Obviously Chapman's demise (plus the price of physical Python appearances) made animation the way to go. Unfortunately the creators of this film went way, way over the top and involved 14 animation companies to work on adapting varying chapters of the book. In a completely unsurprising result, it's a visiual mess, as 14 different animation companies all try to imitate the work of Terry Gilliam in varying ways, seemingly on a shoe-string budget. This was bound to fail from the start, and made the film nigh-on unwatchable for me. The audio department is much, much better, as it uses Chapman's own readings from public performances to narrate, and brings in every other Python except Eric Idle to provide voices. That was cool, but not nearly enough to rescue the project, since Chapman's original script is so ridiculous that it seems obviously unadaptable. The key problem is that the original book was essentially a comedy parody of autobiographies in general, and thus does not make anywhere near a fitting tribute to the late comedic great. Avoid this film, even if you are a big Python fan, but at least thank it for bringing the remaining Pythons together long enough for them to plan out a final reunion tour.

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Computer Games-

The Curse of Monkey Island (1997)

When I worked out how easy it was to emulate the third game in the Monkey Island series on my modern(ish) laptop, I was so excited that it was almost embarrassing (and yes, I suppose technically it was illegal to do so but then I've also owned a copy of this game for about 15 years so I don't care). I spent the first few hours playing with a stupid grin on my face like someone had resurrected my childhood dog- until that grin turned into annoyance when I realised my memory wasn't good enough to remember how to complete it from start to finish. Released six years after Monkey Island 2 with an overhauled graphics engine, fully realised character voices for the first time, and without the input of original game designed and writer Ron Gilbert, The Curse of Monkey Island could have been awful. For me, it was not only the first Monkey Island game I ever played, but I think the first adventure game too, leading me on a path of cultish obsession that persists to this day. I was immediately hooked by the plot-based nature, and the focus on characters and humour to an extent I'd never seen before. In short, I liked it (and adventure games in general) because they're basically just sort of interactive novels.

Monkey 3 looks and sounds quite beautiful, thanks to wonderful hand-drawn (probably) animation full of colour and character that encapsulates the general feel of the previous games in the series. The music is beautiful, full of incredibly catchy reggae-influenced hooks that expand on the original basic beeps and turn them into melodic and atmospheric backgrounds that get stuck in my head for days as soon as I think about them. Like now, for example. The voice acting is pretty good, thankfully, using talented actors with experience in voicing animations, going full-on angry pirate when necessary. The puzzles are somewhat hard for me to judge these days, since I've played through this game so many times over the years that they're more like ritualistic forms of progression than brain-teasers, though they don't seem to be particularly outlandish. My one major criticism from this playthrough is with how abrupt the ending of the game is, finishing with one near-silent cut scene that screams out that they ran out of money on the budget. Other than that playing this game again for a moment took ten years off my age. I'm probably a very bad choice for a critical reviewer for this game because it's embedded in the adolescent remnants of my brain, so all I can say is that it was a pure pleasure from beginning to just before the end. Oh, and I'm not going to play the fourth one because it's horrific.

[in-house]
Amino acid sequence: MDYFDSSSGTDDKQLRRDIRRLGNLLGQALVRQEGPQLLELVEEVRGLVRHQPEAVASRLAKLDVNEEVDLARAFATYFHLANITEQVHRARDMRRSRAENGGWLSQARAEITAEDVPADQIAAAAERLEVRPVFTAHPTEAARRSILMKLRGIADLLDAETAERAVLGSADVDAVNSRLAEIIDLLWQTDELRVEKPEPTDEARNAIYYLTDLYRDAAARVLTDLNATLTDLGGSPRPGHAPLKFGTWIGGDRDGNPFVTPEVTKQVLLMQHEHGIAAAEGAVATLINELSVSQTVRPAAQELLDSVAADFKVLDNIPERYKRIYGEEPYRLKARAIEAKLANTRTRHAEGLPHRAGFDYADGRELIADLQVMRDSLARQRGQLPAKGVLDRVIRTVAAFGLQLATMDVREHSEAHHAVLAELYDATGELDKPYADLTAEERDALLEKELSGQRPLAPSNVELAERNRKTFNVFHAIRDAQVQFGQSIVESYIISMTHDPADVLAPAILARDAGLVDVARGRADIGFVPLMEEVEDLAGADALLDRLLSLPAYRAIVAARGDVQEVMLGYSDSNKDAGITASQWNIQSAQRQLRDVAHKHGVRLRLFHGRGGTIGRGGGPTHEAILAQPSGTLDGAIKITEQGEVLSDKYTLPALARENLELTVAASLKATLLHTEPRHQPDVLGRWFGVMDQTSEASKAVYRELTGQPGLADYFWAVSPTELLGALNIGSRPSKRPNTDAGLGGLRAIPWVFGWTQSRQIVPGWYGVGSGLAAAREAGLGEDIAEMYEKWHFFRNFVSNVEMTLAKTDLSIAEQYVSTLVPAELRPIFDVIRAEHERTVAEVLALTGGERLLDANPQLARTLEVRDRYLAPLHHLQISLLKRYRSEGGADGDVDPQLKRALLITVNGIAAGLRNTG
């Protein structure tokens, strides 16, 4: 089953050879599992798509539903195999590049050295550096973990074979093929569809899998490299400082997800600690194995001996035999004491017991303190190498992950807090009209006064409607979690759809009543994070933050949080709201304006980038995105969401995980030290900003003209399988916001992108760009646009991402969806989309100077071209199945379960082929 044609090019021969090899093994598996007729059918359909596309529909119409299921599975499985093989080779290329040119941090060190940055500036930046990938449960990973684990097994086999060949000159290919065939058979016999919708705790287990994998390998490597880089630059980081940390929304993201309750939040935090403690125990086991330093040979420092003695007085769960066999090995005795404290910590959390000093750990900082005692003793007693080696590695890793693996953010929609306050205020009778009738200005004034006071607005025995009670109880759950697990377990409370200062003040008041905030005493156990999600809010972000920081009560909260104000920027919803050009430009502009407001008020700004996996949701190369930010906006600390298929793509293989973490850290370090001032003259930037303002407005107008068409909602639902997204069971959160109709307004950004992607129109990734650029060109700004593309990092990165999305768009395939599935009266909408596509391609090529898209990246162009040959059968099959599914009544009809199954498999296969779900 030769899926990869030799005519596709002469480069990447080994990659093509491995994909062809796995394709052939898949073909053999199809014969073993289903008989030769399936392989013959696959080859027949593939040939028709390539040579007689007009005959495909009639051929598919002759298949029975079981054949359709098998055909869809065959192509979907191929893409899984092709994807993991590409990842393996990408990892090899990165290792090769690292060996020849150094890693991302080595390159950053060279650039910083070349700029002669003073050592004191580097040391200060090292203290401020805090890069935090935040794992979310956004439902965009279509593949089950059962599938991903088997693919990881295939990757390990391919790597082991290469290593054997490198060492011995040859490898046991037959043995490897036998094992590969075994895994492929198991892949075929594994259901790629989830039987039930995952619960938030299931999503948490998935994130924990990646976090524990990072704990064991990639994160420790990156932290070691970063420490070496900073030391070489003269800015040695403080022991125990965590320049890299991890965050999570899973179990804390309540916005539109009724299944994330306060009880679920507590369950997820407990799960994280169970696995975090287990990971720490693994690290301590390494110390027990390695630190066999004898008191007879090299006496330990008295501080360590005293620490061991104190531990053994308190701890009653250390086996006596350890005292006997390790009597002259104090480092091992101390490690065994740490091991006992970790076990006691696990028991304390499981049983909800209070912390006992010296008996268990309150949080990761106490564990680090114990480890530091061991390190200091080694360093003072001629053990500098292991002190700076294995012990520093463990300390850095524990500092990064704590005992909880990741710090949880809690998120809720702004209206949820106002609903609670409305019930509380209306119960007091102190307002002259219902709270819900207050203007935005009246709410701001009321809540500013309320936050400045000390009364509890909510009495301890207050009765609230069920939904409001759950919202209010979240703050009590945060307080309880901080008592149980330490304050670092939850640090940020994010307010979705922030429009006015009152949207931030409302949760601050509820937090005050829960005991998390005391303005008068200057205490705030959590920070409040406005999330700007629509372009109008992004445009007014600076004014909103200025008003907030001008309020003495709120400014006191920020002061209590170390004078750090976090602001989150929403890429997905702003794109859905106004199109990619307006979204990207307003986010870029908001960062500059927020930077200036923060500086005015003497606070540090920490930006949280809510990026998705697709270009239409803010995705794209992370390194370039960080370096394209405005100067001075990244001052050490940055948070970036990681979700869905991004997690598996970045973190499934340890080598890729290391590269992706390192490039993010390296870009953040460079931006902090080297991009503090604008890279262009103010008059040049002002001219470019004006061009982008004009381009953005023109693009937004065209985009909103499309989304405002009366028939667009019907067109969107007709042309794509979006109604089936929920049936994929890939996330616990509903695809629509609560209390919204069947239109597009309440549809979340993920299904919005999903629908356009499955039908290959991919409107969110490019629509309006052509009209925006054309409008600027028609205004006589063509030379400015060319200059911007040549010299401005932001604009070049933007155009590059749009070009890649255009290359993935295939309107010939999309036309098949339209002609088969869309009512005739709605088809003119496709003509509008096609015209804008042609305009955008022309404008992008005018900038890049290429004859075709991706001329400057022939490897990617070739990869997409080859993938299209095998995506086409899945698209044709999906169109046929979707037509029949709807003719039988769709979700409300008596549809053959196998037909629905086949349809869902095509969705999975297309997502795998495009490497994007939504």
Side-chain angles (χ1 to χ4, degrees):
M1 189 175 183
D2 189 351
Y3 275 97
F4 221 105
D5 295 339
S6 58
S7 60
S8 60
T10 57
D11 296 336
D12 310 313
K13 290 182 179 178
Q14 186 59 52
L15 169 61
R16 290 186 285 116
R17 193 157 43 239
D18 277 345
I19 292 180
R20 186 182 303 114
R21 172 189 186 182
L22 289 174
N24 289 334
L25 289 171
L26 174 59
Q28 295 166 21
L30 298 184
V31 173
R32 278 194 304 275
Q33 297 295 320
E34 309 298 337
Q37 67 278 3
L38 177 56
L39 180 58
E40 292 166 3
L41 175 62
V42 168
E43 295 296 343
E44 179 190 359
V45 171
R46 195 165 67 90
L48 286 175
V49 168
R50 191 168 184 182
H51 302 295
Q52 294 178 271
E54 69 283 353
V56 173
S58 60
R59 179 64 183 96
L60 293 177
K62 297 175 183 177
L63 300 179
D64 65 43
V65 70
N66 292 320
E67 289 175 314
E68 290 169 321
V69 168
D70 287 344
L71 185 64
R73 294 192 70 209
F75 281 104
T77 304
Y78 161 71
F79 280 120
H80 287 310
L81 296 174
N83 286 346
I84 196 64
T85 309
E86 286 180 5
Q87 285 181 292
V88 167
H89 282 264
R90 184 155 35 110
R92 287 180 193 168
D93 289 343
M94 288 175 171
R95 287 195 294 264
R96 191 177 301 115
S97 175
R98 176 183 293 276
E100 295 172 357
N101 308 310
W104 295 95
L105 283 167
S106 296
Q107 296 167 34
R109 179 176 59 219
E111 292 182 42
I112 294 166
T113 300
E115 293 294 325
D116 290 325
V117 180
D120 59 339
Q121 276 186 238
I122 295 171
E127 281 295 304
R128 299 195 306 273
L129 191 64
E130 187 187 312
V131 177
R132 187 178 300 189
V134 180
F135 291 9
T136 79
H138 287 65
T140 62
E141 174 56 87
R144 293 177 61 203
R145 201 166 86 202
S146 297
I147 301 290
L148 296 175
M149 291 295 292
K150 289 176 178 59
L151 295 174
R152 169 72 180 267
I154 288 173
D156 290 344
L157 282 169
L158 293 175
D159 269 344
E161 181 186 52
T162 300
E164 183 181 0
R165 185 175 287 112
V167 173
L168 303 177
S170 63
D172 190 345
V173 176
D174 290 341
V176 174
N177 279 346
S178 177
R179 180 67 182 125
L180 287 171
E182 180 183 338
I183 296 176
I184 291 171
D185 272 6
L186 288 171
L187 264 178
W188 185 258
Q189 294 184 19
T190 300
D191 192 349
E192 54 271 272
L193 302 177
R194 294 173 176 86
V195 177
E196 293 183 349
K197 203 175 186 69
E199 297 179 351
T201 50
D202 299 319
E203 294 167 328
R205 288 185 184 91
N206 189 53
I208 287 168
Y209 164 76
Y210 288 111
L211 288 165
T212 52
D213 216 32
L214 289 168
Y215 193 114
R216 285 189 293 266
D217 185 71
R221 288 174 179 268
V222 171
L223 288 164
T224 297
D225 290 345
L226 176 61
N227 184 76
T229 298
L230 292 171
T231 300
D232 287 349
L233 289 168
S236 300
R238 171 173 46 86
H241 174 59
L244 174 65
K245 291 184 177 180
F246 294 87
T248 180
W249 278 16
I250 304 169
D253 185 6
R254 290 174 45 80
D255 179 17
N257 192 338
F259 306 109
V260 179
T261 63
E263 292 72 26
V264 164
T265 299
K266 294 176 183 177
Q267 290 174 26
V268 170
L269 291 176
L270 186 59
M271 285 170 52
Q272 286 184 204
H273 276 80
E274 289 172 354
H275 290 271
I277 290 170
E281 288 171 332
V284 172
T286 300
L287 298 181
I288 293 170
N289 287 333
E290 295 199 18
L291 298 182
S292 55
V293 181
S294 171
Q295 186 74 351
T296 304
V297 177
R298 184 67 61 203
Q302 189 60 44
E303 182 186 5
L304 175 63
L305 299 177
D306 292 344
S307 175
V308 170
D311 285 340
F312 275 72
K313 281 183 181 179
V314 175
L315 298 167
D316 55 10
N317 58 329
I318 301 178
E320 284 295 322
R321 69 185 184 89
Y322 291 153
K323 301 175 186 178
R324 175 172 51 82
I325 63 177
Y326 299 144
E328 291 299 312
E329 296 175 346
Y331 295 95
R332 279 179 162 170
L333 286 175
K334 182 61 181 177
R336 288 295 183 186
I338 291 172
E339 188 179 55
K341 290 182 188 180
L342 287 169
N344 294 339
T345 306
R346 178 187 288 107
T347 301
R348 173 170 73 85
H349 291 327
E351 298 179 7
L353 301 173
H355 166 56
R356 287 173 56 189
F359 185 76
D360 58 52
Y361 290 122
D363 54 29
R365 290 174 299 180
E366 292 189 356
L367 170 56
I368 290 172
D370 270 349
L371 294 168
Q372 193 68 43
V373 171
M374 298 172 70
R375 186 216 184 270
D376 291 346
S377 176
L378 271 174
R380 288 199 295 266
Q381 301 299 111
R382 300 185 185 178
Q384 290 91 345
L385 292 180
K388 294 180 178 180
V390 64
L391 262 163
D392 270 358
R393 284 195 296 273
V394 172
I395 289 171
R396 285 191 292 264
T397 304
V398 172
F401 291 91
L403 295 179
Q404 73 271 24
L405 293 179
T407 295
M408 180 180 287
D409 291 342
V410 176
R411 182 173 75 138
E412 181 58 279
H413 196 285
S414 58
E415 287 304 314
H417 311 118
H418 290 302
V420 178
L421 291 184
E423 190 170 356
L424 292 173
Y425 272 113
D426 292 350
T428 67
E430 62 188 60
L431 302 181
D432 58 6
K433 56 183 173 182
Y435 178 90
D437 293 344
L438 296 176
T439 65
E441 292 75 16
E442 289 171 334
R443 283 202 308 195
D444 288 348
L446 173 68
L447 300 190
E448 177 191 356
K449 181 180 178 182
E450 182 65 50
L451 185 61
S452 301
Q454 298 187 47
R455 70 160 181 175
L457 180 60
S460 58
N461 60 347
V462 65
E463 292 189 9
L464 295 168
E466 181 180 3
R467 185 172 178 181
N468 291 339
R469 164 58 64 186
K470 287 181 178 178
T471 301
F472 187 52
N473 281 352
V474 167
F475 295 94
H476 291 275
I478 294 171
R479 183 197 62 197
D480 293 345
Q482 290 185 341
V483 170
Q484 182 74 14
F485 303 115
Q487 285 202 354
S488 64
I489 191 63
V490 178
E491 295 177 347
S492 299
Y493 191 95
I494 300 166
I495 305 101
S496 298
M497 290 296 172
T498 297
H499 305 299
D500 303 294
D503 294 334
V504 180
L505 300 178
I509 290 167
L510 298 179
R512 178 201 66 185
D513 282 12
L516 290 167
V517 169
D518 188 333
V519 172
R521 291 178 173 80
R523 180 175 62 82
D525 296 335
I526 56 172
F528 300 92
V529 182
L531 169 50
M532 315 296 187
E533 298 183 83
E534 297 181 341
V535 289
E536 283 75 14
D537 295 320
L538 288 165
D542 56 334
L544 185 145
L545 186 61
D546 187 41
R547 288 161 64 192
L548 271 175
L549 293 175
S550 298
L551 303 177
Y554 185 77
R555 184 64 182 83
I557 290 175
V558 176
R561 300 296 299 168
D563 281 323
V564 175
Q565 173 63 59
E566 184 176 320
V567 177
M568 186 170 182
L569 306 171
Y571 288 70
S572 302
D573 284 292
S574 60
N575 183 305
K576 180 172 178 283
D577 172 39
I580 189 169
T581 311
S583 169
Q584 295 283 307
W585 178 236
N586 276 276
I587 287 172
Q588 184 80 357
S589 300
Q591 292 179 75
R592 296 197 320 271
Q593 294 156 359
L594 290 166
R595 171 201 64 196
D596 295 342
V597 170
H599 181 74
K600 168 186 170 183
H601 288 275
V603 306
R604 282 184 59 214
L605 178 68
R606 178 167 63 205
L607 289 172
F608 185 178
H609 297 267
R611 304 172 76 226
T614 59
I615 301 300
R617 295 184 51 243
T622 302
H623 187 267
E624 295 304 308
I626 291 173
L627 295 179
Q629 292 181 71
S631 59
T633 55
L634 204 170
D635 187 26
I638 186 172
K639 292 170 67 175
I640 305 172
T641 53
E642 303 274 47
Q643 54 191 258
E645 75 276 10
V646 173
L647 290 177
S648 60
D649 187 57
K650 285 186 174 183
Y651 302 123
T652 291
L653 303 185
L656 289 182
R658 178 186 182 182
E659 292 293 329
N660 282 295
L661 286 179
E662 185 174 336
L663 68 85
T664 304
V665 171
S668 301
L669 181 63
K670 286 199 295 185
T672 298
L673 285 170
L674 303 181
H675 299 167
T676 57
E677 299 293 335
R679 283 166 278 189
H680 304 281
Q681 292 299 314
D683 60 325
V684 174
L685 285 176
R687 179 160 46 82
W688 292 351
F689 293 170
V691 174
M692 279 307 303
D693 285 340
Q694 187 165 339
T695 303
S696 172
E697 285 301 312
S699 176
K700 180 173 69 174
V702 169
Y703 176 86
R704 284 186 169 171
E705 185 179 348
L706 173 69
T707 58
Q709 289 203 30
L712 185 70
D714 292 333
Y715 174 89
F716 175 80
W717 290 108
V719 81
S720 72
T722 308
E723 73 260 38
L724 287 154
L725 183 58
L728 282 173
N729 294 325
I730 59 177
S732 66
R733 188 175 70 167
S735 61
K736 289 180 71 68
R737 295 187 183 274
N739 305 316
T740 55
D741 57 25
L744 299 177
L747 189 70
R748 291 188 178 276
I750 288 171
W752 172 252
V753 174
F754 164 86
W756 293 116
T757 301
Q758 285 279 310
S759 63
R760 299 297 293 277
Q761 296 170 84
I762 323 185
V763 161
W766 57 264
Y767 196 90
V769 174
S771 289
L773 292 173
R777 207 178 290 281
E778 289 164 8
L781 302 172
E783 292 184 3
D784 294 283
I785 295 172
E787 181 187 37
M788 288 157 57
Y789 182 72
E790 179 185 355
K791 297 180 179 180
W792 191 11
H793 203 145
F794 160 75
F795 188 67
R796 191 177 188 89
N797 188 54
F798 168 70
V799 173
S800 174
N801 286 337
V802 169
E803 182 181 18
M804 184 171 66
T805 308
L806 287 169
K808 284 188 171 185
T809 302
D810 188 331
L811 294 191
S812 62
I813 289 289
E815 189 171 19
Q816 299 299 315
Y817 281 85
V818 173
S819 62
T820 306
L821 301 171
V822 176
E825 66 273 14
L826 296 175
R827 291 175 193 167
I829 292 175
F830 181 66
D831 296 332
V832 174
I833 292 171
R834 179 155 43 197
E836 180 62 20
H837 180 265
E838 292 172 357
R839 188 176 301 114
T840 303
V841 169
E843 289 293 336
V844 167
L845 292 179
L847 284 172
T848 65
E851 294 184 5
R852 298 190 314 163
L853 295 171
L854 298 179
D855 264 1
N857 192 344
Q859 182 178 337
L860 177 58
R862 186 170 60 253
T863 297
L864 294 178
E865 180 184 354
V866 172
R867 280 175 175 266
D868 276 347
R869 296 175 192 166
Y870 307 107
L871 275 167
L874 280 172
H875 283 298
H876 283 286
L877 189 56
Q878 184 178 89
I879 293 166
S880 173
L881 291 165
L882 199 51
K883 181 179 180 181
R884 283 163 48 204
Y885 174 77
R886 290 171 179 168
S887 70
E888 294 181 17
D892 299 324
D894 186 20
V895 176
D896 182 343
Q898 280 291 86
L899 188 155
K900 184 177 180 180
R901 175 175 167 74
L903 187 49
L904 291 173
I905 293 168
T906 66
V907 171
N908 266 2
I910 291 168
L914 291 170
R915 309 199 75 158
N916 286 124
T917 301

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Music-

Gorrilaz- Demon Days (2005)
Curiously when I first bought this album, not long after release, I didn't like it very much, and paid it little attention. Almost ten years later the single D.A.R.E. wormed its way into my head and led me to rediscover and this time very much enjoy it. I think I softened up to pop electronica over the years, and as a result really fell for some of the quirky melodies that support the bulk of this album. I've heard Feel Good Inc. too many times over the years to care about it much now, but Kids With Guns and particularly Fire Coming Out of the Monkey's Head have seriously infiltrated my brain, and made me think maybe I should go check out their third release at some point.

1000mods- Vultures (2013)
Like Acrimony last month, my exposure to this band came from listening to Kyuss on Youtube and clicking on a sidebar video afterwards in the hope of something similar. While lacking the true intricate nature of Kyuss, Greek stoner metal band 1000mods are a very good contemporary version who don't really offer anything new, but who do a decent line in their own version of Black Sabbath-built music. Nothing that will convert non-fans of the genre, but should appease most who do.